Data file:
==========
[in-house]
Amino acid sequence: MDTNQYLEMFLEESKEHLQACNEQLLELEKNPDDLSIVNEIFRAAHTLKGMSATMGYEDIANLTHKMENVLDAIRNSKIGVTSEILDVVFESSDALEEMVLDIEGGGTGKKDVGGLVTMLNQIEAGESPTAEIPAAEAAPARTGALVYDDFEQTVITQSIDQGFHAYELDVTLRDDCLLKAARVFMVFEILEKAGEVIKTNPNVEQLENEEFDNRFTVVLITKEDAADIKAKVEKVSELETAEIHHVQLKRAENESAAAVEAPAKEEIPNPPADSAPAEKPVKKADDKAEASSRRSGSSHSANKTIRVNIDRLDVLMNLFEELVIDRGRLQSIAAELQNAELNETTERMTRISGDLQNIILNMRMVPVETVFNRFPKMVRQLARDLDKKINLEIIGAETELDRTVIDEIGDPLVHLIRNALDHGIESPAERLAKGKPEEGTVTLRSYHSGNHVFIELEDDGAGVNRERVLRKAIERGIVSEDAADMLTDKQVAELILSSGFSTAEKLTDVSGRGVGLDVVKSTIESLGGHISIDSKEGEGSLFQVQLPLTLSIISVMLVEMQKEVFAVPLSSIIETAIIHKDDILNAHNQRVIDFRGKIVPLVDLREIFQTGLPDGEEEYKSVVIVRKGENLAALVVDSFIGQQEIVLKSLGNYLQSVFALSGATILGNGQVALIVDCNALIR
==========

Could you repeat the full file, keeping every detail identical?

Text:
[in-house]
Amino acid sequence: MDTNQYLEMFLEESKEHLQACNEQLLELEKNPDDLSIVNEIFRAAHTLKGMSATMGYEDIANLTHKMENVLDAIRNSKIGVTSEILDVVFESSDALEEMVLDIEGGGTGKKDVGGLVTMLNQIEAGESPTAEIPAAEAAPARTGALVYDDFEQTVITQSIDQGFHAYELDVTLRDDCLLKAARVFMVFEILEKAGEVIKTNPNVEQLENEEFDNRFTVVLITKEDAADIKAKVEKVSELETAEIHHVQLKRAENESAAAVEAPAKEEIPNPPADSAPAEKPVKKADDKAEASSRRSGSSHSANKTIRVNIDRLDVLMNLFEELVIDRGRLQSIAAELQNAELNETTERMTRISGDLQNIILNMRMVPVETVFNRFPKMVRQLARDLDKKINLEIIGAETELDRTVIDEIGDPLVHLIRNALDHGIESPAERLAKGKPEEGTVTLRSYHSGNHVFIELEDDGAGVNRERVLRKAIERGIVSEDAADMLTDKQVAELILSSGFSTAEKLTDVSGRGVGLDVVKSTIESLGGHISIDSKEGEGSLFQVQLPLTLSIISVMLVEMQKEVFAVPLSSIIETAIIHKDDILNAHNQRVIDFRGKIVPLVDLREIFQTGLPDGEEEYKSVVIVRKGENLAALVVDSFIGQQEIVLKSLGNYLQSVFALSGATILGNGQVALIVDCNALIR